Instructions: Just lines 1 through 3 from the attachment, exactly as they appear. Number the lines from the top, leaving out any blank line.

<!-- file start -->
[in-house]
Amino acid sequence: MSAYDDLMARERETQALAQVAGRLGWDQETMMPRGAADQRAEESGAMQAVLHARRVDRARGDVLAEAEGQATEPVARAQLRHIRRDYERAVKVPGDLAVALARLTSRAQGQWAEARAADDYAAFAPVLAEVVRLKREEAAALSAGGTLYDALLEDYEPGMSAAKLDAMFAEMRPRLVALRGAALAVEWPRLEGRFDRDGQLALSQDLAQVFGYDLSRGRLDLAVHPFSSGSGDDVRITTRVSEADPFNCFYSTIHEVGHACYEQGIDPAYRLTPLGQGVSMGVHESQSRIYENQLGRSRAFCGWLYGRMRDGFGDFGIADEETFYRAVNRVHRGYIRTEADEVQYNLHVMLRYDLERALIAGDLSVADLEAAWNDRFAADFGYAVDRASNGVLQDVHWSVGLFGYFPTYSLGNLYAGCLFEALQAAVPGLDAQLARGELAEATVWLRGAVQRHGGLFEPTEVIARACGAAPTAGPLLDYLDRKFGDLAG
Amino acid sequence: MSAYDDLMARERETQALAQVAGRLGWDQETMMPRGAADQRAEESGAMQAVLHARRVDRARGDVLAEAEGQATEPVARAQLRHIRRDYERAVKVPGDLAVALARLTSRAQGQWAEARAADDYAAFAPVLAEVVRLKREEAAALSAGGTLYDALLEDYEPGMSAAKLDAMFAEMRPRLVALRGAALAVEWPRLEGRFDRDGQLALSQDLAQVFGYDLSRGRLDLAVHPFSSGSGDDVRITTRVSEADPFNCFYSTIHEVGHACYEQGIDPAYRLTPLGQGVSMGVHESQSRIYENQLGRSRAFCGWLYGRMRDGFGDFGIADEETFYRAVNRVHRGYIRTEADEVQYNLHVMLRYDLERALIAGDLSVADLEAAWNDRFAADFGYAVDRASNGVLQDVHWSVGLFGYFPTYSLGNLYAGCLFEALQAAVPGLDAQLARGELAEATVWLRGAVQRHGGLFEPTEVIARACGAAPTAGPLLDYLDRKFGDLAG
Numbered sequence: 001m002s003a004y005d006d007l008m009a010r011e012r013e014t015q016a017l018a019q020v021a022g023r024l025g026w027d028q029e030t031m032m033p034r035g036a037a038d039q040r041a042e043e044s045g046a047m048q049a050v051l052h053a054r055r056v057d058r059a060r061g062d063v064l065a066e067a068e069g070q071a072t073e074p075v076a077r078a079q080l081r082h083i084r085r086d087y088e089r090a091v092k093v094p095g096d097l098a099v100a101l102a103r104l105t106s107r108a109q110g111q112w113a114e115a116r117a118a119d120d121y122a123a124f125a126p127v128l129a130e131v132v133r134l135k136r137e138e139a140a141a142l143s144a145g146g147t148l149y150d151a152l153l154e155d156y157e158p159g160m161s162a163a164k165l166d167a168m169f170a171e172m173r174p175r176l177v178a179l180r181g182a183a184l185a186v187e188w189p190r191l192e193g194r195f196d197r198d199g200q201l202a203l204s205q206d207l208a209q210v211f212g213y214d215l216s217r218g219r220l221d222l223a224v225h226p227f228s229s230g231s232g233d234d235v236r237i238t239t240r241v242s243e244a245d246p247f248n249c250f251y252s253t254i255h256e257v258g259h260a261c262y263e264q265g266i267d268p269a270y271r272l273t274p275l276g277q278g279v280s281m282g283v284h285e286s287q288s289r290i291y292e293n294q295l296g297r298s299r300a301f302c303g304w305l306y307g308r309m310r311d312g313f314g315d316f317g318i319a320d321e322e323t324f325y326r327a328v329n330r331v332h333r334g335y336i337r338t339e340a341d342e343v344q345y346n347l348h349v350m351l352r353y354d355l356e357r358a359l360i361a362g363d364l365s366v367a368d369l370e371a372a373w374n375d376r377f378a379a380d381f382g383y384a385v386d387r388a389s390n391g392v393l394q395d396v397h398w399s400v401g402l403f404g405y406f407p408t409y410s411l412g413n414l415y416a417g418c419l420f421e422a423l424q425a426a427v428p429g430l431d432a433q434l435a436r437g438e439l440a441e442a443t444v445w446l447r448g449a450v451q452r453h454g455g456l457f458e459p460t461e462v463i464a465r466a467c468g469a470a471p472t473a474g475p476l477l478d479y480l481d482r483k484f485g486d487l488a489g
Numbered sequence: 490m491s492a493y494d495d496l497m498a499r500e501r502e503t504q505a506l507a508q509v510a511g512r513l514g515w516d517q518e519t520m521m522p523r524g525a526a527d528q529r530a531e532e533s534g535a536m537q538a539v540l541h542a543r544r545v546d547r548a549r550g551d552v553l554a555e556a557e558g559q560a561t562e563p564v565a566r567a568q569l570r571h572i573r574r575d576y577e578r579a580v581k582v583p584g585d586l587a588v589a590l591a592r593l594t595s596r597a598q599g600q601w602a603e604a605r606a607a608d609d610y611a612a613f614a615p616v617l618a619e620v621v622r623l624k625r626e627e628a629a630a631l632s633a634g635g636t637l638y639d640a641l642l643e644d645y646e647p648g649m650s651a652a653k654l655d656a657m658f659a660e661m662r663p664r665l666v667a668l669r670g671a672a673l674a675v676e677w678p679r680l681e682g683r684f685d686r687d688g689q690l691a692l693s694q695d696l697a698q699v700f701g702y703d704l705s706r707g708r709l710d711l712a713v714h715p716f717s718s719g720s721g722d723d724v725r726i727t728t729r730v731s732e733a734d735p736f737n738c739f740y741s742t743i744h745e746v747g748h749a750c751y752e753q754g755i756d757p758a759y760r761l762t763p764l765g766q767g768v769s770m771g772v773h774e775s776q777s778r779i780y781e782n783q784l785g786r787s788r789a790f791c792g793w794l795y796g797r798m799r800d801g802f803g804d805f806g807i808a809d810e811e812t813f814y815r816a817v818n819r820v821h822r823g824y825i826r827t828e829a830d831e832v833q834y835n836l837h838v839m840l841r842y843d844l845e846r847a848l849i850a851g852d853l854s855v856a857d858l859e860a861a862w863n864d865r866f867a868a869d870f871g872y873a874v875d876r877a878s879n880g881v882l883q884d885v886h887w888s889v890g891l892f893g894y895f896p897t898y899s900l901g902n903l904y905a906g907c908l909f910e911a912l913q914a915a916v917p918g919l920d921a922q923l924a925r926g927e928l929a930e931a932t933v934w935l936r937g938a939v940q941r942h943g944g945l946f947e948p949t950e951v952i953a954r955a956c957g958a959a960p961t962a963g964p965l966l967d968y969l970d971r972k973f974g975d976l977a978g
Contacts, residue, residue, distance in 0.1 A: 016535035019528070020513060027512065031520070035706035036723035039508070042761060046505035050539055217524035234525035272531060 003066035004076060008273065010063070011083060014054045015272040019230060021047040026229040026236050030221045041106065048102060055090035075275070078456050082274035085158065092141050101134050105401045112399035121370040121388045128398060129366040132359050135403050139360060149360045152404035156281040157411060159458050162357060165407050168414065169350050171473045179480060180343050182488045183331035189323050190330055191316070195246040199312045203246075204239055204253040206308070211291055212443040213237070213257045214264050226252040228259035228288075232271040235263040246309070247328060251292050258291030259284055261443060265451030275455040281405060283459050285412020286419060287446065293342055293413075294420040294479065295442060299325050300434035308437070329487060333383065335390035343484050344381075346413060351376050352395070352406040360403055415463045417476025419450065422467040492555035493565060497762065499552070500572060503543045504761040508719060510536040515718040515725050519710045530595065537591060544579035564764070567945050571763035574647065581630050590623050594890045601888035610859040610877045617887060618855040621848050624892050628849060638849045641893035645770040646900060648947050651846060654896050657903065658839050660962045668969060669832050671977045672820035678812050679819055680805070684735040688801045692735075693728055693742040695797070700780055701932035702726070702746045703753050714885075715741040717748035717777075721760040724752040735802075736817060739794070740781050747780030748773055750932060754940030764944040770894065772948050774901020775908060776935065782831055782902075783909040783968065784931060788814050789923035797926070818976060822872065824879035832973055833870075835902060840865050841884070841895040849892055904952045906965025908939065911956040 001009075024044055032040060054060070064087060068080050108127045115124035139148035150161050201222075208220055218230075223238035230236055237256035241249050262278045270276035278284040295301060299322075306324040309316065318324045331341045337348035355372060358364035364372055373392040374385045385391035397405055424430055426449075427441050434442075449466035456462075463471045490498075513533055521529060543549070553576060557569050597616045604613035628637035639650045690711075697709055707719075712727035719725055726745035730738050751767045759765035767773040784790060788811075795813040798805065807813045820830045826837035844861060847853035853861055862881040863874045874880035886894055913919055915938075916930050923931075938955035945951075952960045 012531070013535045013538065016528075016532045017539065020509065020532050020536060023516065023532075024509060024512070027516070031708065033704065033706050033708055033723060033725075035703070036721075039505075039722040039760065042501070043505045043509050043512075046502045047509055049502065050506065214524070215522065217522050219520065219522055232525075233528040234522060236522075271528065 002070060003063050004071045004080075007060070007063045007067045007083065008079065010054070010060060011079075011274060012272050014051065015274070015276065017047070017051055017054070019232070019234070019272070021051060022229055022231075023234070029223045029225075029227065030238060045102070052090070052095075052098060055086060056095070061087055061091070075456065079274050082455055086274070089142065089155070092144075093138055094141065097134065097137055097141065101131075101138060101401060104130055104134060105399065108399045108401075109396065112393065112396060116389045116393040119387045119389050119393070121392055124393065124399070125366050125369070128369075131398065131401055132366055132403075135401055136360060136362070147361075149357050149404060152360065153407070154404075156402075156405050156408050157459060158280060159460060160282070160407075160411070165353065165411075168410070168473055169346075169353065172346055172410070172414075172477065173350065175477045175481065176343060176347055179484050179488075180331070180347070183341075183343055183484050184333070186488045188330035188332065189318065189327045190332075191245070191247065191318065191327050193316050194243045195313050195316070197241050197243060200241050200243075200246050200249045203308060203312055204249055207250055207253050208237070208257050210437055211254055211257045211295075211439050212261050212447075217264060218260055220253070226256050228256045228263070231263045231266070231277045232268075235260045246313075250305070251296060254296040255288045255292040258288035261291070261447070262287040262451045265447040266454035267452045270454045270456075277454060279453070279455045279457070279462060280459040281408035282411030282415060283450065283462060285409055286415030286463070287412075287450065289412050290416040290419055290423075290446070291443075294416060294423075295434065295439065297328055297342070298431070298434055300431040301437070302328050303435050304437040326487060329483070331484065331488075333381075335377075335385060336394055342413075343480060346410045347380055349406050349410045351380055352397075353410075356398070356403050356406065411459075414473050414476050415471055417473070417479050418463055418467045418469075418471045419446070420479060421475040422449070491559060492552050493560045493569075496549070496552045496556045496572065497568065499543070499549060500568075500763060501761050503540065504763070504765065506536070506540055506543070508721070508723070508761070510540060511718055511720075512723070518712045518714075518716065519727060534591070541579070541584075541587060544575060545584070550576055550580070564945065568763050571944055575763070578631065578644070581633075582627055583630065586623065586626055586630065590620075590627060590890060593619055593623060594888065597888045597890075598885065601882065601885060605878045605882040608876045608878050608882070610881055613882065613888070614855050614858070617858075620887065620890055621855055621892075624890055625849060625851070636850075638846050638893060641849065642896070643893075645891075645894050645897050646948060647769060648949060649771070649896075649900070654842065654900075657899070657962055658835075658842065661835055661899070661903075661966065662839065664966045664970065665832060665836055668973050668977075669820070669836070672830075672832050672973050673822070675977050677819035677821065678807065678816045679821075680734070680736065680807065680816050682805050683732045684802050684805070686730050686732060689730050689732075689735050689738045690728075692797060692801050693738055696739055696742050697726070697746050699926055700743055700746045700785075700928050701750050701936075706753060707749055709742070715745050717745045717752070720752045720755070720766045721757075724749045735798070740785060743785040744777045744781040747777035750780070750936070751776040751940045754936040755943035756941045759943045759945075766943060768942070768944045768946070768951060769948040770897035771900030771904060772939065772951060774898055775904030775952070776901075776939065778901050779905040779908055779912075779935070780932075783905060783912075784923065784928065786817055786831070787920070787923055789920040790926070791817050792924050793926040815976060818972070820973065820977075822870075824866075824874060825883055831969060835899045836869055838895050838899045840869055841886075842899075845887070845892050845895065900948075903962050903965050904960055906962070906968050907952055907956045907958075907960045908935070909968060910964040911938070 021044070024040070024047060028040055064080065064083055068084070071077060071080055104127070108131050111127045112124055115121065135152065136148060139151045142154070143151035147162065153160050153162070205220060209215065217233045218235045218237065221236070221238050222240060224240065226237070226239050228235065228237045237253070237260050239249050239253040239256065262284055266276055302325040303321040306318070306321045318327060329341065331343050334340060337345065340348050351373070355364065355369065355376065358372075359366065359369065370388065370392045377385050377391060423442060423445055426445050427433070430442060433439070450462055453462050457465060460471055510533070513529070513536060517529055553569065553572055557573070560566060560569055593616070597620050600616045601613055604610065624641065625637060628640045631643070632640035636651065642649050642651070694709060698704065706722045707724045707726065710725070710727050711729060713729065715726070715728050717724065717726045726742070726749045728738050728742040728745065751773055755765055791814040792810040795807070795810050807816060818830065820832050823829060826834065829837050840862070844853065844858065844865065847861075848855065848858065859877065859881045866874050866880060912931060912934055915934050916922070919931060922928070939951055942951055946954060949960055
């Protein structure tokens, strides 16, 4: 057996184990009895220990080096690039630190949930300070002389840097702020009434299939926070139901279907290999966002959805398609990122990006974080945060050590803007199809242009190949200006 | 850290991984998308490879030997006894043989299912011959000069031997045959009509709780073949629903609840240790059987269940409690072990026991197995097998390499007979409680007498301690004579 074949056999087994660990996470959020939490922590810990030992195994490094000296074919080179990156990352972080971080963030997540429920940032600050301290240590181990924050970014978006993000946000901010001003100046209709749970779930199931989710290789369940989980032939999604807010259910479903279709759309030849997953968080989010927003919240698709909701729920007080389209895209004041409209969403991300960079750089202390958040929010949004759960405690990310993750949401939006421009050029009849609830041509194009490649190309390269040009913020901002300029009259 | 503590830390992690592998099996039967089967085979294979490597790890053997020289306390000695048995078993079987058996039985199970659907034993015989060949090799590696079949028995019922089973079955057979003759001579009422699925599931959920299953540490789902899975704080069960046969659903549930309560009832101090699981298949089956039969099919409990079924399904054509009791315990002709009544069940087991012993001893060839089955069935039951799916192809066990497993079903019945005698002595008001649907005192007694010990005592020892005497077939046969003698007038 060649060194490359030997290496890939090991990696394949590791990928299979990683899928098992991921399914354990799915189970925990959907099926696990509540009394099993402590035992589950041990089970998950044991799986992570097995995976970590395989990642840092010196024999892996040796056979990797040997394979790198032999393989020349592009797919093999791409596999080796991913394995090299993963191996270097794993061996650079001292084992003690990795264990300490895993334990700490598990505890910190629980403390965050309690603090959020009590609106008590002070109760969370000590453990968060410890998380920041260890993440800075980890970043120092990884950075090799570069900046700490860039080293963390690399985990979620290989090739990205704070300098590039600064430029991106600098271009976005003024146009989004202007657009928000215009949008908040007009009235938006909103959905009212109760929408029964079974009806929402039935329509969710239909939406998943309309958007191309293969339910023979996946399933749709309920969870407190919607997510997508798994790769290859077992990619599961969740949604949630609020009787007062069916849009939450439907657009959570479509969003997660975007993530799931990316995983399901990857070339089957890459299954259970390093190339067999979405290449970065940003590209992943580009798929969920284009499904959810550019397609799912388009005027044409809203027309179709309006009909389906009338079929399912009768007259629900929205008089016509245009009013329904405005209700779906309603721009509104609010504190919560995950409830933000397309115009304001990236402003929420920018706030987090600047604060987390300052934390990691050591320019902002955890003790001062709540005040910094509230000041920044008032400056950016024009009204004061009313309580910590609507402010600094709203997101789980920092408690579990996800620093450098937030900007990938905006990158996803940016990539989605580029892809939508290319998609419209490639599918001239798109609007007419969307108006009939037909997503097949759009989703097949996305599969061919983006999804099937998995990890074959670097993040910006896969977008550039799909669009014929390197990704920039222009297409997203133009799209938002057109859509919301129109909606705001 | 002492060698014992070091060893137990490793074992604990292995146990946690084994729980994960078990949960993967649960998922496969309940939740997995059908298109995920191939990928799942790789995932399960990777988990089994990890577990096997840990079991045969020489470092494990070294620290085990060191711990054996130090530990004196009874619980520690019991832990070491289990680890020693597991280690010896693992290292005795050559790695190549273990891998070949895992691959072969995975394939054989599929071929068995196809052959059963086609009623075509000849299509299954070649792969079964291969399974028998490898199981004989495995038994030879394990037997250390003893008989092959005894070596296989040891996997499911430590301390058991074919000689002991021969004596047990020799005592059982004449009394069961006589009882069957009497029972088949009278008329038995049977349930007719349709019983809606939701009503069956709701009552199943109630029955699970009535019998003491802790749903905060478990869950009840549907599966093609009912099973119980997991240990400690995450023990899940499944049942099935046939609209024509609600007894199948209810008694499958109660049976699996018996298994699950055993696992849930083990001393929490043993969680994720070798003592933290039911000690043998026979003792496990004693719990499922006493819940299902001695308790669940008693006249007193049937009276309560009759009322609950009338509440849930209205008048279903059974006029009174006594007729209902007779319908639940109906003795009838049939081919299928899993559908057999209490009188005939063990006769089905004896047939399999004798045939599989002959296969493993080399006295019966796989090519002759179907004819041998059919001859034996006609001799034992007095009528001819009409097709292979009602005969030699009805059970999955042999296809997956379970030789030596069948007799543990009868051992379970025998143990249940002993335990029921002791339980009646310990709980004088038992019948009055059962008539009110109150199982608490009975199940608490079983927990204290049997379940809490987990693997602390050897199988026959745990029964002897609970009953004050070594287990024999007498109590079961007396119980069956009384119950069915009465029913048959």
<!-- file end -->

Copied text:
[in-house]
Amino acid sequence: MSAYDDLMARERETQALAQVAGRLGWDQETMMPRGAADQRAEESGAMQAVLHARRVDRARGDVLAEAEGQATEPVARAQLRHIRRDYERAVKVPGDLAVALARLTSRAQGQWAEARAADDYAAFAPVLAEVVRLKREEAAALSAGGTLYDALLEDYEPGMSAAKLDAMFAEMRPRLVALRGAALAVEWPRLEGRFDRDGQLALSQDLAQVFGYDLSRGRLDLAVHPFSSGSGDDVRITTRVSEADPFNCFYSTIHEVGHACYEQGIDPAYRLTPLGQGVSMGVHESQSRIYENQLGRSRAFCGWLYGRMRDGFGDFGIADEETFYRAVNRVHRGYIRTEADEVQYNLHVMLRYDLERALIAGDLSVADLEAAWNDRFAADFGYAVDRASNGVLQDVHWSVGLFGYFPTYSLGNLYAGCLFEALQAAVPGLDAQLARGELAEATVWLRGAVQRHGGLFEPTEVIARACGAAPTAGPLLDYLDRKFGDLAG
Amino acid sequence: MSAYDDLMARERETQALAQVAGRLGWDQETMMPRGAADQRAEESGAMQAVLHARRVDRARGDVLAEAEGQATEPVARAQLRHIRRDYERAVKVPGDLAVALARLTSRAQGQWAEARAADDYAAFAPVLAEVVRLKREEAAALSAGGTLYDALLEDYEPGMSAAKLDAMFAEMRPRLVALRGAALAVEWPRLEGRFDRDGQLALSQDLAQVFGYDLSRGRLDLAVHPFSSGSGDDVRITTRVSEADPFNCFYSTIHEVGHACYEQGIDPAYRLTPLGQGVSMGVHESQSRIYENQLGRSRAFCGWLYGRMRDGFGDFGIADEETFYRAVNRVHRGYIRTEADEVQYNLHVMLRYDLERALIAGDLSVADLEAAWNDRFAADFGYAVDRASNGVLQDVHWSVGLFGYFPTYSLGNLYAGCLFEALQAAVPGLDAQLARGELAEATVWLRGAVQRHGGLFEPTEVIARACGAAPTAGPLLDYLDRKFGDLAG